Y.-C. Yu et al.: Magic Mirror Table for Social-Emotion Alleviation in the Smart Home 129emotions plus neutral) to represent different emotioncategories. There are one hidden layers and the number ofhidden nodes is 14, 28, or 35.Other factors affecting the recognition performance are learningrate , momentum value , and the parameter in the activationfunction. In the training process, different numbers of neurons (14,28, or 35) in the hidden layers are used. The values of , , and are also experimentally determined with repeated training. Theerror criterion is set at 110-9and the maximum number of epochsused for training varies from 160 to 1100.The facial features are normalized against the viewer’s distanceand angle to the mirror or angle before sent to the neural network.Hyperbolic tangent sigmoid (TanSig) and logarithmic sigmoid(LogSig) functions are used for the hidden-layer neurons andoutput neurons, respectively. At the output neuron, an output of 0.6or higher is set to 1, otherwise set to zero.For the training data, each home member is taken 30 pictures ofhis/her front view with different emotions. The size of the images is640 480 pixels with 24-bit color intensity encoding. For bettertraining performance, we manually remove unqualified images.E. Calculation of Temporal Emotion EnergyIn our system, we define sad, scared, and disgusted asnegative emotion. Since we have a sequence of images, wedefine the temporal emotion energy as the accumulation oftemporal change of emotion. When the accumulated negativeenergy is greater than a threshold, the system goes into thealleviation mode. The threshold is experimentally determinedand may be fine-tuned by the viewer’s historical data.The temporal emotion energy is calculated as follows.Firstly, we give each emotion a value e. The mapping we usein the experiment is: happy = +3, surprised = +2, angry = +1,scared = -1, disgusted = -2, and sad = -3. Then the temporalemotion energy N(k) for frame k is calculated as),()()(10iDiNkekNNi (3)where N is the length of the sliding window and)1()( iSxy eSiD (4)is a weighting function to give larger weights for recentemotion values. In (4), > 0 is a parameter to control thetemporal decay, xS and yS are the scale factors of descendingcurves on x-axis and y-axis, respectively. In our experiment,we use N = 75 (for NTSC video system), =1.05, xS =5/N,and yS = 0.7 threshold.F. The Alleviation TreatmentPositive words can bring positive thinking, uplift yourmood, and inspire your life. The magic mirror table isdesigned for doing this job. When the viewer has a negativeemotion, the magic mirror can give you positive words toalleviate the viewer’s negative emotions. In addition, we alsouse music for alleviation as the music therapy has beenclinically proven to be effective. In our system, a positive-words dictionary is built in advance. Then, the system canselect sentences from the dictionary according to the detectedemotion type and the viewer’s preference. In the meantime,the background music is also selected according to thedetected emotion type and the viewer’s favorite music style.IV. EXPERIMENTS AND RESULTSBefore conducting the experiments, we need to think how toevaluate the effect of alleviation. In the literature , bothsubjective measures (self-reports) and physiological data (skinconductance and heart rate) are used to assess affective responses.For physiological data, heart rate is a reliable index for valencechange, whereas skin conductance is associated with arousal. Inour experiment, we only use the change of heart rate as the meanto evaluate the alleviation effect. Positive emotion causes theheart rate to accelerate, whereas negative emotion causes theheart rate to slow down . When the heart rate accelerates, itmeans that the viewer recovers from a negative emotion.Following the convention of most psychological measures, wedivide the alleviation effect into five degrees based on the changeof the heart rate. For this reason, the heart rate of each homemember has been repeatedly measured to obtain the personaldistribution of heart rate before using the magic mirror. Thedistribution is used to map to the five levels of alleviation. In ourcase, a heart rate in the range between 0.5 and 1.0 standarddeviation above average is mapped to level one, between 1.0 and1.5 standard deviations is mapped to level two, and so on.In the experiment, we do not use self-report to evaluate thealleviation effect. The viewer’s report is only used to calculatethe correctness rate of the emotion recognition algorithm inthe proposed system. In the experiment, if the viewer has anegative emotion, the proposed system then delivers thealleviation treatment, and the degree of alleviation is evaluated.The experiments are conducted as follows. We select afamily of four people to test the proposed system. Thepersonal emotion profile for each person is measured inadvance. For this family, six emotions are tested 30 times. Thesuccess rate of emotion detection and the degree ofalleviations are recorded. The difficult part of the experimentis that the emotion cannot follow ones inclinations. If theemotion comes from acting, the results may not represent theactual situation in reality. In our case, we use the self-report todetermine the real mood of the viewer.Fig. 4. The facial features for social emotion classification.
130 IEEE Transactions on Consumer Electronics, Vol. 58, No. 1, February 2012The experimental results are shown in table I. The resultsshow that angry and sad emotions are much easier to expressand to detect, therefore higher success rates. The table alsoshows that the sad emotion can be effectively alleviated. Theresults also indicate that positive emotions are significantlyeasier to detect, particularly with the facial expression.Although the correct rate of our emotion recognitionalgorithm is not very high, the system nevertheless showssome positive results in emotion alleviation. The correct ratecan be further improved with more features and with a largertraining set, especially a training set containing historicalbehavioral data.In the experiment, we use heart rate to represent thealleviation effect. In the future development, the heart ratemay be replaced with other physical features such as muscleneural voltage, EGG, skin EKG, and so on. Certainly, moreevidences should be collected to support the relationshipbetween physical features and emotion.V. CONCLUSIONIn this paper, we propose a magic mirror system which isable to determine the viewer’s emotion through the analysis ofhis/her facial expressions. The results of scenario-basedevaluation confirm that the proposed mirror system is able toalleviate the viewer’s emotion when he/she is in sad mood.With the proposed system, we demonstrate the feasibility ofdeveloping a piece of socially-awarded furniture (smartfurniture). For the smart furniture, it may engage into a homemember’s social network and share his/her feeling.In the present design, the emotion of the viewer isdetermined solely by analyzing his/her facial expressions.However, social signals revealing the emotion of a personinclude facial expressions, vocal utterance, body gestures andpostures, and so on. In the further, the emotion awareness canbe extended into multi-modalities analysis to incorporate theabove mentioned social signals. Nevertheless, the proposedsystem is a meaningful starting point toward a moresophisticated human machine interaction (HCI) system.ACKNOWLEDGMENTS. D. Y. would like to thank Professor Wen-Chung Kao ofNational Taiwan Normal University, Taipei, Taiwan forvaluable discussions and suggestions.REFERENCES S. Davidoff, M.K. Lee, J. Zimmerman, and, A. Dey, “Socially-awarerequirements for a smart home,” In Proceedings of the InternationalSymposium on Intelligent Environments, p. 41-44, 2000. P.A. Cabarcos, R.S. Guerrero, F.A. Mendoza, D. Díaz-Sánchez, andA. Marín López, “FamTV: An architecture for presence-awarepersonalized television,” IEEE Transactions on ConsumerElectronics, vol.57, no. 1, pp.6-13, 2011. A. Vinciarelli, M. Pantic, and H. Bourlard. “Social signal processing:survey of an emerging domain,” Image and Vision ComputingJournal, vol. 27, no. 12, pp. 1743-1759, 2009. M. Pantic and I. Patras, “Dynamics of facial expression: recognition offacial actions and their temporal segments from face profile imagesequences,” IEEE Transactions on Systems, Man, and Cybernetics-Part B: Cybernetics, vol. 36, no. 2, pp. 433–449, 2006. J.F. Cohn, “Foundations of human computing: facial expression andemotion,” In Proceedings of the ACM International Conference onMultimodal Interfaces, pp. 233–238, 2006. M. Pantic and L.J.M. Rothkrantz, “Expert system for automaticanalysis of facial expression,” Image and Vision Computing Journal,vol. 18, no. 11, pp. 881-905, 2000. T. Balomenos, A. Raouzaiou, S. Ioannou, A. Drosopoulos, K.Karpouzis, and S. Kollias, “Emotion analysis in man-aachineinteraction systems,” Lecture Notes in Computer Science, vol. 3361,pp. 318 – 328, 2004. M. Pantic and L.J.M. Rothkrantz, “Automatic analysis of facialexpressions: the state of the art,” IEEE Transactions on PatternAnalysis and Machine Intelligence, vol.22, no.12, pp. 1424-1445,2000. H.-A. Kwang, and M. Chung, “Cognitive face analysis system forfuture interactive TV,” IEEE Transactions on Consumer Electronicsvol. 55, no. 4, pp. 2271 – 2279, 2009. V. Terzis, C.N., Moridis, and A.A. Economides, “Measuring instantemotions during a self-assessment test: the use of FaceReader,” InProceedings of the 7th International Conference on Methods andTechniques in Behavioral Research (MB 10), 2010. J. A. Russell, “Affective space is bipolar,” Journal of Personality andSocial Psychology, vol. 37, no. 3, pp. 345–356, 1979. P. Zhou, F.-F. Sui, A. Zhang, F. Wang, and G.-H. Li, “Musictherapy on heart rate variability,” 3rd International Conference onBiomedical Engineering and Informatics (BMEI), vol. 3, pp. 965 –968, 2010. T. Takahashi, S. Suzuki, K. Kasumatsu, K. Shoubu, and S.P.Ninomija, “Effectiveness measurement of familiar songs method bymeans of electroencephalography,” in Proceedings of the 22nd AnnualInternational Conference of the IEEE Engineering in Medicine andBiology Society, vol. 3, pp. 1887–1888, 2000. X.F. Teng, M.Y.M. Wong, and Y.T. Zhang, “The Effect of music onhypertensive patients,” in proceedings of the 29th AnnualInternational Conference of the IEEE Engineering in Medicine andBiology Society, pp. 4649 – 4651, 2007. H.W. Chiu, L.S. Lin, M.C. Kuo, H.S. Chiang, and C.Y. Hsu, "Usingheart rate variability analysis to assess the effect of music therapy onanxiety reduction of patients," in Computers in Cardiology, pp. 469-472, 2003. P. Cheng and R. Chen, “Study on therapeutic effect of music therapyon patients with dental anxiety of college Students,” in Proceedings ofInternational Conference on E-Health Networking, Digital Ecosystemsand Technologies (EDT2010), vol. 1, pp. 12 – 14, 2010. Y.-C. Yu, S. D. You, and D.-R. Tsai, “A calendar oriented service forsmart home,” in Proceedings of Sixth International Conference onNetworked Computing and Advanced Information Management(NCM), pp. 151 – 156, 2010. Q.-R Jiang, H.-l. Li, “Robust human face detection in complicatedcolor images,” in Proceedings of 2010 IEEE International Conferenceon Information Management and Engineering (ICIME), pp. 218 – 221,2010 Y. Sun, Z. Li, C. Tang, Y. Chen, and R. Jiang, “Facial expressionanalysis - a hybrid neural network based approach,” in Proceedings of2nd International Congress on Image and Signal Processing, pp. 1–5,2009.TABLE ISCENARIOS-BASED EVALUATIONSocial emotionSuccess rate ofEmotion detectionDegree of alleviationaHappy 22/30 ------bAngry 23/30 ✔ ✔Sad 12/30 ✔ ✔ ✔ ✔ ✔Surprised 14/30 ✔Scared 9/30 ✔ ✔Disgusted 10/30 ✔ ✔ ✔ ✔aFive levels of degree;bno alleviation needed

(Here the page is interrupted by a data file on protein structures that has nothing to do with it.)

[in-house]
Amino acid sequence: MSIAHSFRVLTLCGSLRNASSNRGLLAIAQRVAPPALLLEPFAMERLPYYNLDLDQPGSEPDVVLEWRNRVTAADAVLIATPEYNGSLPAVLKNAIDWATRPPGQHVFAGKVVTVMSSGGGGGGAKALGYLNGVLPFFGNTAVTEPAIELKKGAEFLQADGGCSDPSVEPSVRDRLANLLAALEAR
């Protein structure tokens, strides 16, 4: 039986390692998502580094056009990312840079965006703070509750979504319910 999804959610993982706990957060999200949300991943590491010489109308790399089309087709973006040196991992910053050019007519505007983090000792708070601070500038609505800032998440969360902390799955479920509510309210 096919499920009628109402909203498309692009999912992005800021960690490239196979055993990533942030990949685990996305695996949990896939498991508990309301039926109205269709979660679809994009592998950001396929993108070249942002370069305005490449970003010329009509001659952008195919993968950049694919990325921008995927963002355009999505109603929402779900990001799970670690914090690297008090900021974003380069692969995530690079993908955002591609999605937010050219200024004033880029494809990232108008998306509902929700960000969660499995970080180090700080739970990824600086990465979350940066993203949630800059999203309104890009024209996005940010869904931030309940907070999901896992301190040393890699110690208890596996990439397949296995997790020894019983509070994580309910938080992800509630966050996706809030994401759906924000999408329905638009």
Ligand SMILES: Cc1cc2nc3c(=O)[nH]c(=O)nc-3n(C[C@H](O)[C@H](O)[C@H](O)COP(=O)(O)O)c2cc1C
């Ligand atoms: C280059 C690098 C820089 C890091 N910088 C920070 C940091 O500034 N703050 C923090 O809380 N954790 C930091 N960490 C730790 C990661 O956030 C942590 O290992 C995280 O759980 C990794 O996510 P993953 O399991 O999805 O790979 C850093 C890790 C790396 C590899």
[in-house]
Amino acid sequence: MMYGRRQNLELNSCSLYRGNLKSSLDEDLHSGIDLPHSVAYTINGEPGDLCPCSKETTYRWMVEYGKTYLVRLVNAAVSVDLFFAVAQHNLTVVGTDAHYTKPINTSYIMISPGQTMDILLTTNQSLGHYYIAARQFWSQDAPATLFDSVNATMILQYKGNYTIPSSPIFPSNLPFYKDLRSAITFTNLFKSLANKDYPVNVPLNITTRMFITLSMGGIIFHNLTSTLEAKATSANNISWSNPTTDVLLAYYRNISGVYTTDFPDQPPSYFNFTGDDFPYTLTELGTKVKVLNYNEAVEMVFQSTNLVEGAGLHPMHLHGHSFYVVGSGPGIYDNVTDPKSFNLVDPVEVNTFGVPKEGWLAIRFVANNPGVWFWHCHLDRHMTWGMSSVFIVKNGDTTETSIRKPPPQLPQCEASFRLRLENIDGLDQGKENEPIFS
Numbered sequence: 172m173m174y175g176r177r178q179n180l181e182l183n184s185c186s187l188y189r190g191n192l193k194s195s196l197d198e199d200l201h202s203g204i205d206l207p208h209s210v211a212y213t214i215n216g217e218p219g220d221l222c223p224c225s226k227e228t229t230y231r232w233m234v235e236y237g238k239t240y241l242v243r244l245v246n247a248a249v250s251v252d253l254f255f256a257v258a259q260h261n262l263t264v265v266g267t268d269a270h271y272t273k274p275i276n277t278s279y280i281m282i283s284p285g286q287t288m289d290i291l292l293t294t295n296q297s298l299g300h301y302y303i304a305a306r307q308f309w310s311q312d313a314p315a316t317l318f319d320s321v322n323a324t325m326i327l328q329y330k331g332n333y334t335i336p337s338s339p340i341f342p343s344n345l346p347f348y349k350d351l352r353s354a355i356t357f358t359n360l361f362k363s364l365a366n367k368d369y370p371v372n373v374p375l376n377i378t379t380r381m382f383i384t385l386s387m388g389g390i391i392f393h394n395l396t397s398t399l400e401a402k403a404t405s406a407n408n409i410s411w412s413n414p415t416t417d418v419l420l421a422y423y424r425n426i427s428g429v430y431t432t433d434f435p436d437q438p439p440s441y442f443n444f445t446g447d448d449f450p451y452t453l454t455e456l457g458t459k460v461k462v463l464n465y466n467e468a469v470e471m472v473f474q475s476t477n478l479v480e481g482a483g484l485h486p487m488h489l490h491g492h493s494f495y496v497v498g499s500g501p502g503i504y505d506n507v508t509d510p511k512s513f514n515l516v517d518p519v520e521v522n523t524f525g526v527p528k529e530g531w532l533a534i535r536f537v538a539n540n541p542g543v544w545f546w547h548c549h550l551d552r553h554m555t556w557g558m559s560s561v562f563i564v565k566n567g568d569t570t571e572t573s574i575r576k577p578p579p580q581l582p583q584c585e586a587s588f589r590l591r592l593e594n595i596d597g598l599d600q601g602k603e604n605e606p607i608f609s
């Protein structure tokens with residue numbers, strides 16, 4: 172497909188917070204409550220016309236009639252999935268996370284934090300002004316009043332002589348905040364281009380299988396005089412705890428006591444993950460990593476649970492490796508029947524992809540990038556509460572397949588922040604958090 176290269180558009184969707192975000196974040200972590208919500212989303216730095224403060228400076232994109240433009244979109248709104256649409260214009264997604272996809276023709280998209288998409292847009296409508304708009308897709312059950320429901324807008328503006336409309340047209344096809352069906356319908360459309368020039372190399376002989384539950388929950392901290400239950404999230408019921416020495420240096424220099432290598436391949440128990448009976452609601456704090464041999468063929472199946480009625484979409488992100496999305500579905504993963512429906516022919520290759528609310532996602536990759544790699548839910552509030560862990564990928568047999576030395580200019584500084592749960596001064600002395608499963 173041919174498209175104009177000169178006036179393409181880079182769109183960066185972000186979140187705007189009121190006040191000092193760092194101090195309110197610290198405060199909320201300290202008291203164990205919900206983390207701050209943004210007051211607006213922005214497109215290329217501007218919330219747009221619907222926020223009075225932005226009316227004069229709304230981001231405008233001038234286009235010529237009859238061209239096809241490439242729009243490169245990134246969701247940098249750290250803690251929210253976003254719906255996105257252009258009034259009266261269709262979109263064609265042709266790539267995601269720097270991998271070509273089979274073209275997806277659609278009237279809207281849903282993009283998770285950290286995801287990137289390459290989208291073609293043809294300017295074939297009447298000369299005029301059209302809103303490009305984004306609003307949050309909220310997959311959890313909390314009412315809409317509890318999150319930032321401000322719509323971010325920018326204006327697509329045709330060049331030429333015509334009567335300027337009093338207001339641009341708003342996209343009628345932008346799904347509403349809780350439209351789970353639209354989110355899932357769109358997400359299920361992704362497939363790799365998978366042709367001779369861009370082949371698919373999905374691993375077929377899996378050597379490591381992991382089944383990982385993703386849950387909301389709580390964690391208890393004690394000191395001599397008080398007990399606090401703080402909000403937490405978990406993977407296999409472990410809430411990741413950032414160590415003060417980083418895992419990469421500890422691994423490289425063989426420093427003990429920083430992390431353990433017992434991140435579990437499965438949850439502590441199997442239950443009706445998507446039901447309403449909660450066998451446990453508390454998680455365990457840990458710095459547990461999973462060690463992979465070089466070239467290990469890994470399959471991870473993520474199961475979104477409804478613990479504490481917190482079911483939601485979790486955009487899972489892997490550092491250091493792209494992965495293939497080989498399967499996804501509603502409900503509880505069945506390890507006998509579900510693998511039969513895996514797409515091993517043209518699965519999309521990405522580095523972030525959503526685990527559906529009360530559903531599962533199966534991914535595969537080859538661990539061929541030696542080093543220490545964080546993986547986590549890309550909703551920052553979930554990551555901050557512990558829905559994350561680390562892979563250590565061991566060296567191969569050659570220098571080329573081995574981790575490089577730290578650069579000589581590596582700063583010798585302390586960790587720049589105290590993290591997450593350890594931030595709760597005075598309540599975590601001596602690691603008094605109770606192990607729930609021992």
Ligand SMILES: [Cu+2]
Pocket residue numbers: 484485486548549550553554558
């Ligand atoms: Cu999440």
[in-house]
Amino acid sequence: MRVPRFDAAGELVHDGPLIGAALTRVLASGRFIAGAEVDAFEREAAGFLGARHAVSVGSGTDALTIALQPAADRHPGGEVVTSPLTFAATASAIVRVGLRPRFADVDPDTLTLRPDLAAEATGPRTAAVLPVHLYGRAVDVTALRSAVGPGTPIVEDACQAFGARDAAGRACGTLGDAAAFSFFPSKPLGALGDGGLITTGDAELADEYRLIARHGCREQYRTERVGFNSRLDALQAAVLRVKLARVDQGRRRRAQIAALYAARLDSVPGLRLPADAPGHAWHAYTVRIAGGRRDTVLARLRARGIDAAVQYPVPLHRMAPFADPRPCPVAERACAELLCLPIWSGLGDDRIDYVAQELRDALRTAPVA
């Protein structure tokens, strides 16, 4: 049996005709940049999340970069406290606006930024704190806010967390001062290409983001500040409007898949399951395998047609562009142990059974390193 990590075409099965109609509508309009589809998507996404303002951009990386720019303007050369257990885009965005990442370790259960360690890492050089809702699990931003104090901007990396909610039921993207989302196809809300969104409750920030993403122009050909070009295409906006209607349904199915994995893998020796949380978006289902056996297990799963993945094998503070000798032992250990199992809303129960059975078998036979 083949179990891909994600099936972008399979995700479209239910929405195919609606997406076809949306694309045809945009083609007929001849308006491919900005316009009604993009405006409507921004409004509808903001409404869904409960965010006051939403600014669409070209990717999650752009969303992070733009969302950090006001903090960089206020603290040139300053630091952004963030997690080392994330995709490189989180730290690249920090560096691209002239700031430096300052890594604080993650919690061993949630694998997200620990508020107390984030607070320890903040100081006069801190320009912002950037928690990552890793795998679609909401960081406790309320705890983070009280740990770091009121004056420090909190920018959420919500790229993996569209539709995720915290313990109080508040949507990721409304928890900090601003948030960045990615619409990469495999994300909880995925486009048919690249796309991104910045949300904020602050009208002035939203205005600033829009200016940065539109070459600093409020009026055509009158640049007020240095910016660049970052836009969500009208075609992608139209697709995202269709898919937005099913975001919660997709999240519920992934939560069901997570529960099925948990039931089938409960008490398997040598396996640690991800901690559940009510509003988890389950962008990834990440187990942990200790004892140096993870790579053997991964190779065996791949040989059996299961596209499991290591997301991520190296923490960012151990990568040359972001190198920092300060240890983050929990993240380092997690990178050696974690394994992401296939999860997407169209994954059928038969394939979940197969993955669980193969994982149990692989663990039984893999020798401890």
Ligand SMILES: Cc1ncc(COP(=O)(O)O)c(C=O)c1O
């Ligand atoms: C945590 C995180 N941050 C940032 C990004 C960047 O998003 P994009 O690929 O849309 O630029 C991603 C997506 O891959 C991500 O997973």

Y.-C. Yu et al.: Magic Mirror Table for Social-Emotion Alleviation in the Smart Home 131BIOGRAPHIESYuan-Chih Yu is an instructor in ComputerInformation Center, Chinese Culture University, andnow he is a PhD student in the Department of ComputerScience and Information Engineering, National TaipeiUniversity of Technology in Taipei, Taiwan. Hisresearch interests are in the areas of smart environment,image processing and software architectureShingchern D. You received the Ph.D. degree in ElectricalEngineering from the University of California, Davis, CA,USA in 1993. Currently, he is associate professor in theDepartment of Computer Science and InformationEngineering in the National Taipei University ofTechnology, Taipei, Taiwan. Dr. You’s research interestsinclude audio signal processing and recognition, applieddigital signal processing to communication systems, and intelligent systems.Dwen-Ren Tsai received the PhD degree in ComputerScience from City University of New York in 1990. Hewas an Information System Assistance Professor atStockton State College, New Jersey, USA, from 1990 to1993. He has been an Associate Professor of ComputerScience at Chinese Culture University in Taiwan, since1993. He has also been the Chair of Computer ScienceDepartment of CCU since 1998. His areas of interestinclude computer security, software engineering, management informationsystem, and digital archiving.